Financial literature in social work

There was a small handful of salary survey data available, but it should be noted that most of it contained reports only of members of professional organizations or those with licenses. Additional data was available anecdotally through professional websites, but I was unable to verify the information through rigorous research methods. Regardless, to say that these sites and reports paint a comprehensive picture of the social work state of pay would be inaccurate. Bureau of Labor Statistics data was reviewed as well, but it should be noted that this data is self-reported, either through census or based on employer records. If people who are not actual social workers by training identify as social workers in either of those ways, their data becomes confounded with data regarding trained social workers.

There are also so many types of roles that social workers can hold. However, the fact that many social workers hold positions where their title is something other than "social worker" definitely contributes to the difficulty in compiling an accurate depiction of social work pay.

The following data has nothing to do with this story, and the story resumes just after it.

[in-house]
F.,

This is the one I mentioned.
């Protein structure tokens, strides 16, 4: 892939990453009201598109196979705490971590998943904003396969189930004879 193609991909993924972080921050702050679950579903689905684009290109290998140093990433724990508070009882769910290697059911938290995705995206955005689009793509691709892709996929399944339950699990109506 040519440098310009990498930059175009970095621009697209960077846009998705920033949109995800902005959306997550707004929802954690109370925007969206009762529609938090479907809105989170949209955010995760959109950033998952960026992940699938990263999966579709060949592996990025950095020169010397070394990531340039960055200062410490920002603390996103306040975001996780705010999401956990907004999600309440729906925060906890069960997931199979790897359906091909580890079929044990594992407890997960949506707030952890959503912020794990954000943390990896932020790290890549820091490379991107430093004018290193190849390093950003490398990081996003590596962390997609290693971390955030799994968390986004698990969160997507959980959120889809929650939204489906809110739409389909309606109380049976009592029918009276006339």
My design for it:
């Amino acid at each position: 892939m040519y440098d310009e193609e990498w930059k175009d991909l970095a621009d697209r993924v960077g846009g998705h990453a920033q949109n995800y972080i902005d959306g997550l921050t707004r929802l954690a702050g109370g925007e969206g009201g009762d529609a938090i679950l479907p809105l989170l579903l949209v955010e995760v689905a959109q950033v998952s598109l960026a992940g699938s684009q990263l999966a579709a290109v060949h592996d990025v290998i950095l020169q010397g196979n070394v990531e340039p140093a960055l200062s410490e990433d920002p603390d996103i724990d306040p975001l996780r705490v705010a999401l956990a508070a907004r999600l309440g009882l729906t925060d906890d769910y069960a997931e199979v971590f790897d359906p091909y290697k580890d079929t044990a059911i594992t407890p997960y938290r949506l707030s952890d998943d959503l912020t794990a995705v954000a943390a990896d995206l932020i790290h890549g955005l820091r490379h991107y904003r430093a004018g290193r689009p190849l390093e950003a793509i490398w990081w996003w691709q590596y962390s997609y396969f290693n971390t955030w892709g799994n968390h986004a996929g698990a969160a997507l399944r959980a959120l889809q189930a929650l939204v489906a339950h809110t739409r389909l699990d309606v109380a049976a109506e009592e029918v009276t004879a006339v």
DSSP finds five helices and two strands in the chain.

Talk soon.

In terms of gender playing a role in financial valuation of a profession, consider this:

I read a study where the researchers gave men and women a certain sum of money and asked if it was sufficient. They reported that men said no and asked for more money 4 out of 5 times more than the female participants. Those that asked for more were given a raise of 7.4% on average. Add this gender-based money problem to pervasive effects of historical and professional disempowerment of our profession, and you can see how these factors might create a low sense of efficacy when it comes to advocating for higher wages, individually OR as a group.

What is financial worth?

Financial worth is operationally defined as a person’s perceived maximum earning capacity plus the rate of usefulness to society they believe they possess.

The term was created because a comprehensive financial valuation term in the social work literature that captured more than dollar value couldn't be found in the literature. And social workers place their worth on more than dollar value. While this research challenges the “it’s not about the money” message, it’s also not ONLY about money. The NASW code of ethics and core values- as well as the fact that social workers keep doing the WORK- make that clear. A critical ingredient of social work worth is perceived societal contribution- what they are doing for the greater good.

Any study concerning social work earnings should make sure to take this important factor into account.

References

All the research noted throughout this website can be verified by clicking the button below. If you have questions regarding any of the material, please don't hesitate to contact me for more information!

SOCIALWORTHIT